Industry 4.0 is dawning, and digitalization, decarbonization, and decentralization (aka D3) are fueling the electric grid (r)evolution. D3, in turn, creates opportunities for immense value creation, but invokes new technologies and design concepts, and change brings risk.
As the industrial revolution 4.0 is dawning on us, the digitalization of the utility grid and more broadly digitalization of our complete energy system is inevitable. While digitalization brings massive opportunities for value creation, it also brings significant challenges.
Considering the cyber-physical nature of the future grid, where massive amounts of sensors, communications, embedded computing, embedded controllers, and cloud software will dominate the operation and performance, industry leaders are embracing new design, test, deployment and life cycle maintenance processes based on model based engineering and more specifically model based testing.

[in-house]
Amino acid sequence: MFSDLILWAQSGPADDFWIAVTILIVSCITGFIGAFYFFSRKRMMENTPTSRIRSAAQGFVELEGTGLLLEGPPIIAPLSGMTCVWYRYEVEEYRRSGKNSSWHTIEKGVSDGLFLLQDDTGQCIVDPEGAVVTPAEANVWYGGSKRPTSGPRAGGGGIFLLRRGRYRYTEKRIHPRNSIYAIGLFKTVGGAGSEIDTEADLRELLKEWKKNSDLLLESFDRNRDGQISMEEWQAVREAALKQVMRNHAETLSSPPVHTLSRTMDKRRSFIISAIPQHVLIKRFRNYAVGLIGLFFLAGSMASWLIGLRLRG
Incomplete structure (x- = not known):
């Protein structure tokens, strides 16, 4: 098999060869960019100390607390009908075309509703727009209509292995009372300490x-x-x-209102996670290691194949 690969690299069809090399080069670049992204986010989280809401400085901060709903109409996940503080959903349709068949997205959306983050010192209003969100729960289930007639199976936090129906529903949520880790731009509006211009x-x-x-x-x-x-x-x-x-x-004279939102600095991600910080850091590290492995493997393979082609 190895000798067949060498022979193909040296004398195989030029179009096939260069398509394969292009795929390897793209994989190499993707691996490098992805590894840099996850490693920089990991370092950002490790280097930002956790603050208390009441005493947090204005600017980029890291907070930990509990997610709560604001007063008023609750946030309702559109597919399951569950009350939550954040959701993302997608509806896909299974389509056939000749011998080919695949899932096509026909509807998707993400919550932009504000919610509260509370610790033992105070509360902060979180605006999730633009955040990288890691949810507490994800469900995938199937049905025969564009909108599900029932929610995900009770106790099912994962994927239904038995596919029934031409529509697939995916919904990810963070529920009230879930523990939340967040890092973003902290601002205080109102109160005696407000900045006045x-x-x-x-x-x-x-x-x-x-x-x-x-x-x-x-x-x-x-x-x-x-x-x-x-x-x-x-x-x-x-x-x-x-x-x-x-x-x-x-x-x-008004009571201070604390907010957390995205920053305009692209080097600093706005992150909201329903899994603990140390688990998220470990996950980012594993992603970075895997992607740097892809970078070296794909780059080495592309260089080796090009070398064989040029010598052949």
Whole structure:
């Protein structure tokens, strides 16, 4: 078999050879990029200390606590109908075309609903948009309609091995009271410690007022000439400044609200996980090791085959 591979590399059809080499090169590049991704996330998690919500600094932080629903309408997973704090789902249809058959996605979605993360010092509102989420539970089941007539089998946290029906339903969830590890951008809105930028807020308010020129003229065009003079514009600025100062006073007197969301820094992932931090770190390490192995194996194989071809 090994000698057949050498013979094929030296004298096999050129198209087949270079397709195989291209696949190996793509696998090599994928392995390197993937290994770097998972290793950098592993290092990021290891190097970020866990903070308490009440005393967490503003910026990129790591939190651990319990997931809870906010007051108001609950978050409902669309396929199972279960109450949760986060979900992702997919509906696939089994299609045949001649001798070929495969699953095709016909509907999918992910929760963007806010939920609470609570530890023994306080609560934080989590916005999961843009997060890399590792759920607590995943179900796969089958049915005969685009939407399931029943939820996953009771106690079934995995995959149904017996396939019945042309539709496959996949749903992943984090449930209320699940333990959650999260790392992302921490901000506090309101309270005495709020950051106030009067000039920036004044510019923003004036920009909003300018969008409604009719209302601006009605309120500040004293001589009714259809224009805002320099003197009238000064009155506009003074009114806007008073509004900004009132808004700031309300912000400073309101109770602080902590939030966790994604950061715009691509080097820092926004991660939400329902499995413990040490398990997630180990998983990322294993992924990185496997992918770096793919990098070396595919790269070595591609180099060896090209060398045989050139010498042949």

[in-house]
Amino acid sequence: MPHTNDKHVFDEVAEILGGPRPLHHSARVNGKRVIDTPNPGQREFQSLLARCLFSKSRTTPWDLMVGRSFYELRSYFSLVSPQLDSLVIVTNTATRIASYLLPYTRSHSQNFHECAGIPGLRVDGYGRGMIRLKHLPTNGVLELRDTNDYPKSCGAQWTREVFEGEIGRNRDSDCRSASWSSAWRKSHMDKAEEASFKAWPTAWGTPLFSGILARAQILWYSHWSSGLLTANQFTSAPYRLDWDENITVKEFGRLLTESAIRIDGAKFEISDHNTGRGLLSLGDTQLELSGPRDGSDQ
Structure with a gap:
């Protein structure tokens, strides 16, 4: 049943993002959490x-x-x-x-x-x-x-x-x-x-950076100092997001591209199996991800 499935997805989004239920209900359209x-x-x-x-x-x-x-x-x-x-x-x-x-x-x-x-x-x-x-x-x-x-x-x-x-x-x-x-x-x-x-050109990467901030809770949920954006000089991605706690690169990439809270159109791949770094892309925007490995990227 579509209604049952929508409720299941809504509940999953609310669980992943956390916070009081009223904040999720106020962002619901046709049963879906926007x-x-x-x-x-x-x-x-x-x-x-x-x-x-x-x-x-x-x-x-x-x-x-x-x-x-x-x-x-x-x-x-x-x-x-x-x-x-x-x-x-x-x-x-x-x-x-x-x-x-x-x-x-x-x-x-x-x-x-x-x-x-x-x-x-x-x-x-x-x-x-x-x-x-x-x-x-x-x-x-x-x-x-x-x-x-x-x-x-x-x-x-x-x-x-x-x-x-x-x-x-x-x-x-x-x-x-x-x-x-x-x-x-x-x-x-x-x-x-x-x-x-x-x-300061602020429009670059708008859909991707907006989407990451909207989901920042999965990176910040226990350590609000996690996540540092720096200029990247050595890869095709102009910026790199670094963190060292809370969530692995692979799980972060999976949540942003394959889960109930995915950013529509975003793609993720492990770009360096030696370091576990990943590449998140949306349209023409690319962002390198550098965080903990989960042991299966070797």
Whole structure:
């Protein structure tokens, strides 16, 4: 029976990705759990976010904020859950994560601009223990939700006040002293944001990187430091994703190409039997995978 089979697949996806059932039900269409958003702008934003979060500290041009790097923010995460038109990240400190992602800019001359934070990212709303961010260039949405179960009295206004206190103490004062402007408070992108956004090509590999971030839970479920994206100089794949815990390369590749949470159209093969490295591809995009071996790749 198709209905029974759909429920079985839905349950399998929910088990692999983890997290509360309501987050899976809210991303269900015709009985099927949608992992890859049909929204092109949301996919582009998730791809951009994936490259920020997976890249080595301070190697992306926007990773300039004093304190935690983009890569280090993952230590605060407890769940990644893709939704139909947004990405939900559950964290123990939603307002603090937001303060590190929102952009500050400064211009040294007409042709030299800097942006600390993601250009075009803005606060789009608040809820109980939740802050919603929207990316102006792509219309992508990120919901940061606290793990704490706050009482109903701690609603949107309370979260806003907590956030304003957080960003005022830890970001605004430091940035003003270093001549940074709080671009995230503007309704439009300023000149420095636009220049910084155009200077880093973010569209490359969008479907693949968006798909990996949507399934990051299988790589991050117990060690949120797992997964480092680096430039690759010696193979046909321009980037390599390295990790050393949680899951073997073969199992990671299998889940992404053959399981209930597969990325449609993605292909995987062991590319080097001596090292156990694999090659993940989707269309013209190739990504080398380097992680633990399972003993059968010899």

Interconnecting distributed energy resources (DER) to the grid, in the United States, requires compliance with a number of standards/grid codes, where three main ones are:
National Electrical Code (NEC),
Underwriters Laboratories (UL) 1741, and
Since the existing versions of UL 1741 and IEEE 1547 (IEEE 1547-2003) were written prior to the development of smart inverters they were being revised in the end of 2016 to cover new grid support, utility-interactive inverters and converters. Revisions of UL1741 and IEEE 1547 came from California. Indeed, in early 2013 regulators at the California Public Utilities Commission (CPUC) and California Energy Commission (CEC) jointly convened the Smart Inverter Working Group (SIWG).